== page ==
Wed | Aug 23, 2017

Kingsley Gilliam | Easing Bellevue's glut

Published:Tuesday | May 24, 2016 | 5:06 AMKingsley Gilliam
File Kingsley Gilliam

The situation addressed by the auditor general is indeed a very serious problem for Bellevue Hospital, because it deprives the hospital of 673 active treatment beds, or 85 per cent of them of its active treatment capacity. What that means is that approximately 85 per cent of people needing psychiatric hospitalisation have to be turned away because the beds are taken up with patients who occupy them for social reasons.

I was trained at Bellevue Hospital in the 1960s, when that facility had 3,000 beds. This was prior to the decentralisation of psychiatric care in Jamaica from one treatment facility at Bellevue Hospital to psychiatric units in the major regional hospitals. Having been a member of the PAHO Demonstration Unit Team at K Ward, which trained staff for deployment to establish treatment units in the regional hospitals, I fully understand the scope of the problem.

Through my work in mental health in Canada, I studied and experienced the devolution of psychiatric care from major state-run hospitals in the US and provincial institutions in Canada, to community-based care in the USA and Canada. We have seen the long-stay patients discharged from back wards and end up on the back streets of major cities because the funding for community-based housing and clinical services, on which the devolution model was based, were never provided.

Furthermore, while in graduate school at the University of Alberta in the early 1980s, I worked as an outreach social worker with the Canadian Mental Health Association in Edmonton, Alberta. That agency provided a limited portfolio of rehabilitative housing for psychiatric cases, but there was a very short supply of such housing and patients ready for discharge, had few social housing options; so they kept occupying hospital beds in provincial hospitals at a cost of $150 per day, and some major hospitals like University of Alberta Hospital and Calgary Foot Hills Hospital had an operating cost of $1,200 per day. Therefore, retaining patients in hospital merely for social reasons added significant financial cost, while forcing clients needing treatment to forgo the necessary treatment even as conditions deteriorated.

I undertook a study of 'Rehabilitation Housing Needs for Mental Health Clients in the Greater Edmonton Area', and the findings of that study showed these cost figures and the negative impact that resulted for active treatment beds being occupied for social reasons. I recommended that the government of Alberta provided funding to social agencies to develop additional rehabilitation housing beds, based on five levels of supervision each client required, ranging from 24/7 supervision, to independent living, with minimal supervision.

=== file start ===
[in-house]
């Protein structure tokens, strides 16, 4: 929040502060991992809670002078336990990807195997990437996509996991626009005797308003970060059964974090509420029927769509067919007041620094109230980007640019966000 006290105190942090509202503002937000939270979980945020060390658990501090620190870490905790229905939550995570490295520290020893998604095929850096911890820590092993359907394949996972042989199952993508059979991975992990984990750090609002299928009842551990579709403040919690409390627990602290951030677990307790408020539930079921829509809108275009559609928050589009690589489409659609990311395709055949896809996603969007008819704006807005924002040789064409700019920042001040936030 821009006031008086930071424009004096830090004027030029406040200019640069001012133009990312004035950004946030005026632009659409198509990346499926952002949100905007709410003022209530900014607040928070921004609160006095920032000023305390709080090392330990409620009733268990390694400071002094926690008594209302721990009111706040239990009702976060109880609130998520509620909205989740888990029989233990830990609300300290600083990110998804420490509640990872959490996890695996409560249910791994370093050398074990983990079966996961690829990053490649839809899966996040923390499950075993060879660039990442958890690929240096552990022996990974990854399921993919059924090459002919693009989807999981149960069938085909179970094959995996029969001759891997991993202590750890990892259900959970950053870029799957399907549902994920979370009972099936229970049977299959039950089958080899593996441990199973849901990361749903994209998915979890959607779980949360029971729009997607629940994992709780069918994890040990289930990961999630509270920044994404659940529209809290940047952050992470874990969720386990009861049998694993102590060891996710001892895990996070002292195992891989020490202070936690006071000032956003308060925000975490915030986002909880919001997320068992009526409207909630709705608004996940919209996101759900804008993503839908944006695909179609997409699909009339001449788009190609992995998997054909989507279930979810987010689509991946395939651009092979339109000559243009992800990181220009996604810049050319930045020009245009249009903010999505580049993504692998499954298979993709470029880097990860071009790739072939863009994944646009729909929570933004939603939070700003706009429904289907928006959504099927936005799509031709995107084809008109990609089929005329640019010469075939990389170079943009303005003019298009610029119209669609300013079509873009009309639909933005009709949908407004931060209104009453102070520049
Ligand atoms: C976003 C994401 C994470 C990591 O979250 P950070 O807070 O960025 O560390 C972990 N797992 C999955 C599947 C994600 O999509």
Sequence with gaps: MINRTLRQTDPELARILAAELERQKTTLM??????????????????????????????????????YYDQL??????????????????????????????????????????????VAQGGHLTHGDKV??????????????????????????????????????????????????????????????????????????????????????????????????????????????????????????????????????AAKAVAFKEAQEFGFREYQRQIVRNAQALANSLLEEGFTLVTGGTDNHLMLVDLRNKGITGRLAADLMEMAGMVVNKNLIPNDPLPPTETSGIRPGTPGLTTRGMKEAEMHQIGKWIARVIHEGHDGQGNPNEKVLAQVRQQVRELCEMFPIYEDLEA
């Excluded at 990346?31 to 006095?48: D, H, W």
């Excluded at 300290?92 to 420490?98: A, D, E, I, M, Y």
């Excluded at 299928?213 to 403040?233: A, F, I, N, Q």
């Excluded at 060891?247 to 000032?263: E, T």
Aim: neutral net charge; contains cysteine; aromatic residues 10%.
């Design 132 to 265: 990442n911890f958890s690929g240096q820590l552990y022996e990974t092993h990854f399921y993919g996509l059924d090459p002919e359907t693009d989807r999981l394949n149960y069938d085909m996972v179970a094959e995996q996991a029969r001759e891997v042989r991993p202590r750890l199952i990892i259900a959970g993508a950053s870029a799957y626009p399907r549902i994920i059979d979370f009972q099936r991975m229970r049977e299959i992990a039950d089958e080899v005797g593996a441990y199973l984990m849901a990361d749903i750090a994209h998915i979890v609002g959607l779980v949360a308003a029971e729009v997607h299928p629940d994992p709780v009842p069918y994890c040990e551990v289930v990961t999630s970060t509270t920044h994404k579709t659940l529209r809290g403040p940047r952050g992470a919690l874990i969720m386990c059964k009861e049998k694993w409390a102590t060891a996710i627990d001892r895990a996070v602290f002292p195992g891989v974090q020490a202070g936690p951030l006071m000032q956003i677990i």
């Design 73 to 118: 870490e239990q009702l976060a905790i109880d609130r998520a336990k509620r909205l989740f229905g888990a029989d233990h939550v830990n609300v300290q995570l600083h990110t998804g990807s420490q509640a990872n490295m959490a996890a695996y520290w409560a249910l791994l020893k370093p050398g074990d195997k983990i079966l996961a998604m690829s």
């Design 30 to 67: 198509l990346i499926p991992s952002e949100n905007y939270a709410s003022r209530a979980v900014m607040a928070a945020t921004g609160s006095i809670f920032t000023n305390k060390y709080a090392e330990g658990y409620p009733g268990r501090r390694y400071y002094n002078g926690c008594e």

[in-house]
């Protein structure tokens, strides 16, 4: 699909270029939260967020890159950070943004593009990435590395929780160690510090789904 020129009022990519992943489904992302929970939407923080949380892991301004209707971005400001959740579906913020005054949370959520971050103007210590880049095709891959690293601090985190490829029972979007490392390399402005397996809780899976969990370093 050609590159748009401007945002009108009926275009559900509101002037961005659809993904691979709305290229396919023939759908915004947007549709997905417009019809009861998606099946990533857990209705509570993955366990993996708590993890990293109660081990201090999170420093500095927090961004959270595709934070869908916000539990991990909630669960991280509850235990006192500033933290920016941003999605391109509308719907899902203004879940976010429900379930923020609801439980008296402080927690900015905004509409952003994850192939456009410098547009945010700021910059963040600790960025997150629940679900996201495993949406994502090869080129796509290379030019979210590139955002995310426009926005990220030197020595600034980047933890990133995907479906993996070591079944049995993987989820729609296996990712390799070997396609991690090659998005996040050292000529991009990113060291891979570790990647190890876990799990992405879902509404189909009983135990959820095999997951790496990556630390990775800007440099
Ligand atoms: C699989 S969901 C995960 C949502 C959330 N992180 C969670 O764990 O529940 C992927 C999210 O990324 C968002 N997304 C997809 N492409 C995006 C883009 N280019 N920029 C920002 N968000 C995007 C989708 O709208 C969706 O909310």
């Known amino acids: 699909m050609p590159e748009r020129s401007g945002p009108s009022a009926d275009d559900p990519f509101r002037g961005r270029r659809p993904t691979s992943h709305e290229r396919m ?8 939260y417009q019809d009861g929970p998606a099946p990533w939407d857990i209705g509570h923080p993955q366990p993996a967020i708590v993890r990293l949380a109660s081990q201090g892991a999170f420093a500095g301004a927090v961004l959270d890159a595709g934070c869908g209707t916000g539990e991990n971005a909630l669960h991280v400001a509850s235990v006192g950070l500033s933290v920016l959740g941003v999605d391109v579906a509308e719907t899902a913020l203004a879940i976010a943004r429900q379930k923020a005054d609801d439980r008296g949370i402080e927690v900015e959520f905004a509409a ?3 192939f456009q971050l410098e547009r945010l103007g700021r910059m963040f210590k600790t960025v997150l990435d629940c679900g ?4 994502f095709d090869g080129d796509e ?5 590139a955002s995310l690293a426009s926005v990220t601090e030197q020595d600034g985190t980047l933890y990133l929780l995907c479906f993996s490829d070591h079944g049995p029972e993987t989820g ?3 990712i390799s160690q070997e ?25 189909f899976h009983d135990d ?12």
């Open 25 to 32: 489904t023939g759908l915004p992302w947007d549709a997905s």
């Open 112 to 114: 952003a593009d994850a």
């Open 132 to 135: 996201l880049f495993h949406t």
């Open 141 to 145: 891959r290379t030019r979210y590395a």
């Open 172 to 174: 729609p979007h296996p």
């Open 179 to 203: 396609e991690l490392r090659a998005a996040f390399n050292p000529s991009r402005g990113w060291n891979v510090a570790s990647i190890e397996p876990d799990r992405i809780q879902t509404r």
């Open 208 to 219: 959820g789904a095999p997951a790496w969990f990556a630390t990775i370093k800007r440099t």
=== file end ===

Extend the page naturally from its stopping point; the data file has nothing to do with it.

That approach was implemented and several agencies received funding to provide services based on the type of clients that their mandates covered. Substantial cost reduction resulted, while freeing up active treatment beds in the acute care hospitals.

I, therefore, fully endorse Professor Frederick Hickling's recommendations. He thinks the cost could be reduced from $1.5 million per patient per year to approximately $300,000. That is a substantial cost reduction. While I am not able to speak to the precise per-patient cost for such service in Jamaica, Professor Hickling's estimate is consistent with experiences that I have encountered in Canada.

 

Interest in collaboration

 

I should point out that the Jamaican Diaspora Health Network would be very interested in the opportunity to work collaboratively with the Ministry of Health to develop a service model and deliver that service to the people of Jamaica. There are many Bellevue Hospital graduates and former staffers who are nurses, social workers and physician engineers and other professionals in major health systems in USA, UK and Canada that would be interested in assisting and even investing in the infrastructure and programming for such a service.

Since 2011, the Jamaican Diaspora Health Sector has been working with the Ministry of Health to assist in upgrading Jamaica's health-care system to First-World standards by 2030. However, this initiative has run into significant opposition from some quarters because of apparent conflicting interests between their public roles and their private investment and private practice. This situation must be resolved if the public health system is to improve.

• Kingsley P. Gilliam is director of social services and health, Jamaican Diaspora Canada Foundation , and head of the Jamaican Diaspora Canada Health Network. Email feedback to columns@gleanerjm.com and kpgilliam@bell.net.